Student surveys show: student research is worth it.
A panel of Worcester State University faculty and administrators recently discussed the results of a survey of students who have engaged in research.
The results were largely positive. According to Susanna Meyer, Ph.D. (Communication Sciences and Disorders) there are some obstacles – the chief among them, that such projects can consume too much time for both students and faculty. “But you can clearly see from our survey that the benefits outweigh these limitations,” she said.
Dr. Meyer joined Emily Soltano, Ph.D. (Psychology) and Linda Larrivee, Ph.D. (Dean of the School of Education, Health, and Natural Sciences) discussed the results from a survey of WSU undergraduate students, graduate students, and faculty members who participated in faculty-student research projects.
The survey showed that the students saw the many benefits that group and independent research had for the WSU academic community, both academically and professionally. Students reported that they developed interpersonal skills, confidence, and an understanding of the need for research in a professional setting. The panelists also pointed out that students who engage in research projects during their undergraduate careers stand a higher chance of being accepted into graduate and higher education programs.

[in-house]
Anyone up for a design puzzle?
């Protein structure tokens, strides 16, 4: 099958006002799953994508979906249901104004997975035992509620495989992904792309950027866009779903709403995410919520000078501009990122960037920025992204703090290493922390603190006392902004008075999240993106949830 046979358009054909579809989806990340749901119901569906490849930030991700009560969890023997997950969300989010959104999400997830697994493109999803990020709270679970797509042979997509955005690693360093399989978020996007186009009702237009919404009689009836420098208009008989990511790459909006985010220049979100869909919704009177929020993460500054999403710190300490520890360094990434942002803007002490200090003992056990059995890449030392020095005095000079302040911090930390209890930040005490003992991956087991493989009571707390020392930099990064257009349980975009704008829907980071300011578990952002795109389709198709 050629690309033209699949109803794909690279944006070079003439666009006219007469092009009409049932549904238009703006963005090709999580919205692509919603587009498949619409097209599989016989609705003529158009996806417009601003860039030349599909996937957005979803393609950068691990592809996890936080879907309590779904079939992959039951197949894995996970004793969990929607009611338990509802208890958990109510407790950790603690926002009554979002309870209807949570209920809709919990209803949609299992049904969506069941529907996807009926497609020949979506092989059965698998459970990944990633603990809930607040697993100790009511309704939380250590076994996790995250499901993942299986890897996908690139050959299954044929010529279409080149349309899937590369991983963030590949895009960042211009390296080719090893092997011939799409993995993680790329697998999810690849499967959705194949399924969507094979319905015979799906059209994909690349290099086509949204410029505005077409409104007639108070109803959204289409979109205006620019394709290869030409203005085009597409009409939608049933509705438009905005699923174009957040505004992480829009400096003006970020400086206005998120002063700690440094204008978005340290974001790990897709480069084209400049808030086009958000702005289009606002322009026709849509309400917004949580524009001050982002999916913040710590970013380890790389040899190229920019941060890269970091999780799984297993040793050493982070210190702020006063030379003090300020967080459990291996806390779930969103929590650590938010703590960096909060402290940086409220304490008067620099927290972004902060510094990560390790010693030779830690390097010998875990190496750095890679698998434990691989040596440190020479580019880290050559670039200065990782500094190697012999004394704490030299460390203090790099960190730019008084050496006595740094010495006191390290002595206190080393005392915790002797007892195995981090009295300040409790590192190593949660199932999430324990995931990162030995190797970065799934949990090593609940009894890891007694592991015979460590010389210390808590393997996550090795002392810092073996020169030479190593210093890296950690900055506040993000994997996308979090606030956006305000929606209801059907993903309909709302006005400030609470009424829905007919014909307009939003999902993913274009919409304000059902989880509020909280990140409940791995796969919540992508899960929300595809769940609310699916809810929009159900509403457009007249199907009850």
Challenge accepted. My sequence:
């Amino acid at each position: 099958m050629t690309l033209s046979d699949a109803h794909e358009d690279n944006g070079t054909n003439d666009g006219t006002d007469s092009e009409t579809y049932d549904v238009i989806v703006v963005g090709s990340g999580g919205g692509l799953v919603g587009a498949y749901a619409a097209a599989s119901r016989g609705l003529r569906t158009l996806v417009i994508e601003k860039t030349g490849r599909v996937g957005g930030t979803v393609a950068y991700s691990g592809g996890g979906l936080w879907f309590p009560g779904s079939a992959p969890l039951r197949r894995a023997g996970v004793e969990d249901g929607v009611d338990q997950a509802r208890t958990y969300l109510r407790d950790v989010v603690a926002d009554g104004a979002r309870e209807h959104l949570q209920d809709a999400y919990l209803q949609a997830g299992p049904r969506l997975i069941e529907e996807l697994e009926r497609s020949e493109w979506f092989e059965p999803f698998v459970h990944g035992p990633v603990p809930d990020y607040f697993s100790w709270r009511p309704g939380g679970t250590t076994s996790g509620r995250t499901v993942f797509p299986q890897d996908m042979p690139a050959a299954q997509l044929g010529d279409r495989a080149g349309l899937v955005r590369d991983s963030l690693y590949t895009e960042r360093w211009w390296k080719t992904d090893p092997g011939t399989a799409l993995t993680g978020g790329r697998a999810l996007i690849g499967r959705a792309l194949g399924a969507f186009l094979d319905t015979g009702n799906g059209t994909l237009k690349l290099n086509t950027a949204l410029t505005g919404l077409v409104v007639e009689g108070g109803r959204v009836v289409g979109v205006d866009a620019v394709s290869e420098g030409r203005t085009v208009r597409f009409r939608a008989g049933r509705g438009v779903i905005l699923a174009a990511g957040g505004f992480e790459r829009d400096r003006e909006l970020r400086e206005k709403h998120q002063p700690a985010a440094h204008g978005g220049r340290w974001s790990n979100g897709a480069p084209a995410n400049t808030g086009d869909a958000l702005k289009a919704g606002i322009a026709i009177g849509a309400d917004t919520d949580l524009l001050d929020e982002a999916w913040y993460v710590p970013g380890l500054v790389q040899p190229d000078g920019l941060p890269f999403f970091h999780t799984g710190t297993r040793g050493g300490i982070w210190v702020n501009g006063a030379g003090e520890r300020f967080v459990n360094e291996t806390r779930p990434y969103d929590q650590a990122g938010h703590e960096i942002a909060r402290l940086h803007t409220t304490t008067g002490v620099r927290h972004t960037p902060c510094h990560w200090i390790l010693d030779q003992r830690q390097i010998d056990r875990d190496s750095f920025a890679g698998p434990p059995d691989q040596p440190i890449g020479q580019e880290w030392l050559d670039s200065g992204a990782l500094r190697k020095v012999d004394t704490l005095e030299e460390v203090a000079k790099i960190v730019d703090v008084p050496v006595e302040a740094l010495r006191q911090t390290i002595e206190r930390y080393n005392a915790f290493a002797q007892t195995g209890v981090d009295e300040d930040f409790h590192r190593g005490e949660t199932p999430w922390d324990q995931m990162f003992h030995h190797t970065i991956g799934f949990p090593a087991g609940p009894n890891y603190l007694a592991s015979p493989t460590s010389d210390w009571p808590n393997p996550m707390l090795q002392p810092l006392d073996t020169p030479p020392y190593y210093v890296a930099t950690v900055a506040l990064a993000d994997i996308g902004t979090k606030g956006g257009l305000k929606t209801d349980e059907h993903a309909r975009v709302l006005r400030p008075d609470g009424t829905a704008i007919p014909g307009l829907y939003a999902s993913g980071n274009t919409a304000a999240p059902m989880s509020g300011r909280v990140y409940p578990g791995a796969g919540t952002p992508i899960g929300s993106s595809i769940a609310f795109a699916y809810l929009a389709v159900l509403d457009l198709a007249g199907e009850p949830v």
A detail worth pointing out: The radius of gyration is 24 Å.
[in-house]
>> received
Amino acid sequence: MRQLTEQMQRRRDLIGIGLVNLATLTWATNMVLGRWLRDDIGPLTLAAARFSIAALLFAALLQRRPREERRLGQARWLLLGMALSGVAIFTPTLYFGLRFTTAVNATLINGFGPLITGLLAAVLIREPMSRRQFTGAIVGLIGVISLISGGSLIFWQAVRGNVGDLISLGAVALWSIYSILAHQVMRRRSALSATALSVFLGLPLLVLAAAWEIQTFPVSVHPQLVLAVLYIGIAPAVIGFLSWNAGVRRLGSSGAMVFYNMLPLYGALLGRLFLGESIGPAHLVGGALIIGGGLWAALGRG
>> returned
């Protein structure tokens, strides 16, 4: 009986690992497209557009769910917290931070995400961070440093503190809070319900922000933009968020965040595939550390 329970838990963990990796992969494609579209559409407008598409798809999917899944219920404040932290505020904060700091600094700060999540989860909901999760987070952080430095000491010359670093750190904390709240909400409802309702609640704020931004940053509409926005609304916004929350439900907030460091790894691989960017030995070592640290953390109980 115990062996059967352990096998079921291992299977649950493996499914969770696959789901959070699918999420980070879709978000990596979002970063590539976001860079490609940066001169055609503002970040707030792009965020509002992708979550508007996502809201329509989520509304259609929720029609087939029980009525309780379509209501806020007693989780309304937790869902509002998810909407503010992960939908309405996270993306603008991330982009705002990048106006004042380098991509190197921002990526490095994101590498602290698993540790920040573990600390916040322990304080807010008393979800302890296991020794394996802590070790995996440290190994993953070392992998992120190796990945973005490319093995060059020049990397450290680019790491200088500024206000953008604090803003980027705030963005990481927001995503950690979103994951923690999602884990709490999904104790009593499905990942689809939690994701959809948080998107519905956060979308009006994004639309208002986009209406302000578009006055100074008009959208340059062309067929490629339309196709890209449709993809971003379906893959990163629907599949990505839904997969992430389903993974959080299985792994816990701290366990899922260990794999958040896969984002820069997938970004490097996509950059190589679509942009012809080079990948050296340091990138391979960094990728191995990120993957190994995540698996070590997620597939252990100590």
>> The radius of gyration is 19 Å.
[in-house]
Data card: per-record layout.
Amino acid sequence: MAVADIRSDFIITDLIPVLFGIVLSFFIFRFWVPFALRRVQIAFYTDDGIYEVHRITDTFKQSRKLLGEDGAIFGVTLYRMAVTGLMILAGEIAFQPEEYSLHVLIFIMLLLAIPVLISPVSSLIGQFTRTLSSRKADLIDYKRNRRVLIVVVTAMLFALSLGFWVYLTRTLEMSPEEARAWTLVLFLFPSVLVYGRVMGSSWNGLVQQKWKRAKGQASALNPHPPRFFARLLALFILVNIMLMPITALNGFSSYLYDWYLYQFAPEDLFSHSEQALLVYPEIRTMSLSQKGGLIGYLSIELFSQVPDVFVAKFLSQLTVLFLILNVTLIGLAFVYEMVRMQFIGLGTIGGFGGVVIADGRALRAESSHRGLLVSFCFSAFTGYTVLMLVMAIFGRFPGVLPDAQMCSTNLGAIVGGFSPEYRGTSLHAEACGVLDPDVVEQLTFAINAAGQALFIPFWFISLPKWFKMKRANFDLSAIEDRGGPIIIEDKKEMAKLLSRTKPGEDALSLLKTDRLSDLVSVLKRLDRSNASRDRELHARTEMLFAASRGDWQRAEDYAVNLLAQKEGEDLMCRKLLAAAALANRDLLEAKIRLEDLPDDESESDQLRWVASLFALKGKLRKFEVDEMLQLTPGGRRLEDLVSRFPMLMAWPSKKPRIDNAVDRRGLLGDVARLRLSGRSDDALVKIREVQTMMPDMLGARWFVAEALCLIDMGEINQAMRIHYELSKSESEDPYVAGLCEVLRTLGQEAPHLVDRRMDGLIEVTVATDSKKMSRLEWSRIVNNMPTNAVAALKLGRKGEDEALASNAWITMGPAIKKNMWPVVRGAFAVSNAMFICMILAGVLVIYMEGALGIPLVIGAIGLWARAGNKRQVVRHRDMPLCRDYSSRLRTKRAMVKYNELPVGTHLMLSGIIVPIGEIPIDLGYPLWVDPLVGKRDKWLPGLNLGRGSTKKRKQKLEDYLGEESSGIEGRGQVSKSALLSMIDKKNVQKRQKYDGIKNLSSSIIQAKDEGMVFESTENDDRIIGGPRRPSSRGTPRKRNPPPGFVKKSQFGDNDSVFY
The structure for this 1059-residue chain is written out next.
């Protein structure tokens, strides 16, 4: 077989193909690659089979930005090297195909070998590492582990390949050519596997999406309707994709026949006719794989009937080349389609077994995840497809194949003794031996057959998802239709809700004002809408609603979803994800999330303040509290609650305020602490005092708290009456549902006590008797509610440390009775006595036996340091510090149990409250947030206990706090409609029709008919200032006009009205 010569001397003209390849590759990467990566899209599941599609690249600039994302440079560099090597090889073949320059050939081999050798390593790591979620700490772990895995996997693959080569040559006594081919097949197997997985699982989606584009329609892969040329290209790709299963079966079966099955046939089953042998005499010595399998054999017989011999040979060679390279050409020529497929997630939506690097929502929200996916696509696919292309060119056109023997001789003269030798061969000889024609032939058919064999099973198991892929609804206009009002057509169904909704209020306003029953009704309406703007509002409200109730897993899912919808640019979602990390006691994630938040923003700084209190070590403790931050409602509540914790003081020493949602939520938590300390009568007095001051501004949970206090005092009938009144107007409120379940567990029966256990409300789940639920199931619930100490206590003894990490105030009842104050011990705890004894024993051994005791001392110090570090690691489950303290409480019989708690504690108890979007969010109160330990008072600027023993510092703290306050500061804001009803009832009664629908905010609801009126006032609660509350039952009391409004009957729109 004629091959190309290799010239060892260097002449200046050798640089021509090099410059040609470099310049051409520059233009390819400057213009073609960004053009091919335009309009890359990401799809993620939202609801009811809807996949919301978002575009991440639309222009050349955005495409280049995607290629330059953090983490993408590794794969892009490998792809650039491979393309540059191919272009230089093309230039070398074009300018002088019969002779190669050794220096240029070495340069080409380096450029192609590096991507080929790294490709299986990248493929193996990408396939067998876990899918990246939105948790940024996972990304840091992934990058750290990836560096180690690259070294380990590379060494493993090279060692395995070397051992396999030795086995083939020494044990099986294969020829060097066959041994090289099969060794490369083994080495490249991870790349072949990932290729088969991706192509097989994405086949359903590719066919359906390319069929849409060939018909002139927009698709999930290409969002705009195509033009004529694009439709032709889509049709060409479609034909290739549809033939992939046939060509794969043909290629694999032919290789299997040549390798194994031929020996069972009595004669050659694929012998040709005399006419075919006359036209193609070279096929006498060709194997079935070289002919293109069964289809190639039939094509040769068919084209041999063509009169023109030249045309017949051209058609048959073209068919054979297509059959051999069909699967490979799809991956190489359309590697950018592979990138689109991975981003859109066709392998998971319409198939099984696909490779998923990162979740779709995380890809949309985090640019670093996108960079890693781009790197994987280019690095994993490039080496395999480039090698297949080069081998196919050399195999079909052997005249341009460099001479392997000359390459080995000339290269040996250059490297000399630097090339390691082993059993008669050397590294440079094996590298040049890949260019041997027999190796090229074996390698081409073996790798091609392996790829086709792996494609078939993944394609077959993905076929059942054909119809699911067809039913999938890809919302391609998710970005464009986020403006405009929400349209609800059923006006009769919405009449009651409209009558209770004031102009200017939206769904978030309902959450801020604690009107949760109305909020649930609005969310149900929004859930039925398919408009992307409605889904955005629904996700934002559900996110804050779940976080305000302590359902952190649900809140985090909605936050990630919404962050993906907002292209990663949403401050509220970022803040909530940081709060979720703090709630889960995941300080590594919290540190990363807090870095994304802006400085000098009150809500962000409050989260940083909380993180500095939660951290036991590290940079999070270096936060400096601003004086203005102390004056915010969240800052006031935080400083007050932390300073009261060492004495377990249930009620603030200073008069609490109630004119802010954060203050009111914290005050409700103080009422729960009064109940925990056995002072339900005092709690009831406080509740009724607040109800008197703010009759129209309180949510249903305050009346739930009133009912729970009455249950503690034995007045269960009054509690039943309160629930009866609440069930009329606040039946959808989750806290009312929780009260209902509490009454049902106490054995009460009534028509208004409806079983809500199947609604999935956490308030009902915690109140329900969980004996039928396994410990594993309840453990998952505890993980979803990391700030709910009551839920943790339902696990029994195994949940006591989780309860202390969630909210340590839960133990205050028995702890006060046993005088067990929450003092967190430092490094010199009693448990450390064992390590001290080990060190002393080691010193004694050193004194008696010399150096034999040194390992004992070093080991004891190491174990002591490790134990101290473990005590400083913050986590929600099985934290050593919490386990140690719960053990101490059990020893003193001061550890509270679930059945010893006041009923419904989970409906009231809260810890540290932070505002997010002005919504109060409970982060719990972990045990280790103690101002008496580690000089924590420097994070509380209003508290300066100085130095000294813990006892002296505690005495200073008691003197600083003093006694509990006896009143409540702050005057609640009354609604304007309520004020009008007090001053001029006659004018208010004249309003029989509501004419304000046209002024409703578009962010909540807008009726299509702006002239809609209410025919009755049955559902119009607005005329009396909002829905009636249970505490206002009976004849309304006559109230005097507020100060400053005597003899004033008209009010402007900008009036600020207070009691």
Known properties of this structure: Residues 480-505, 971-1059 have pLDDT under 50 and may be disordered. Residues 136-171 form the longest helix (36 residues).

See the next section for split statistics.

Faculty members who participated in the survey said that they also gain benefits such as becoming motivated to collaborate, increased productivity, mentoring students, and increased prestige and awarded grants.
This panel discussion was the first formal event in the “Scholarship Sharing Series,” organized by Daniel Hunt of Communication and Martin Fromm of History and Political Science, with support and sponsorship from Andrea Bilics and the Center for Teaching and Learning.
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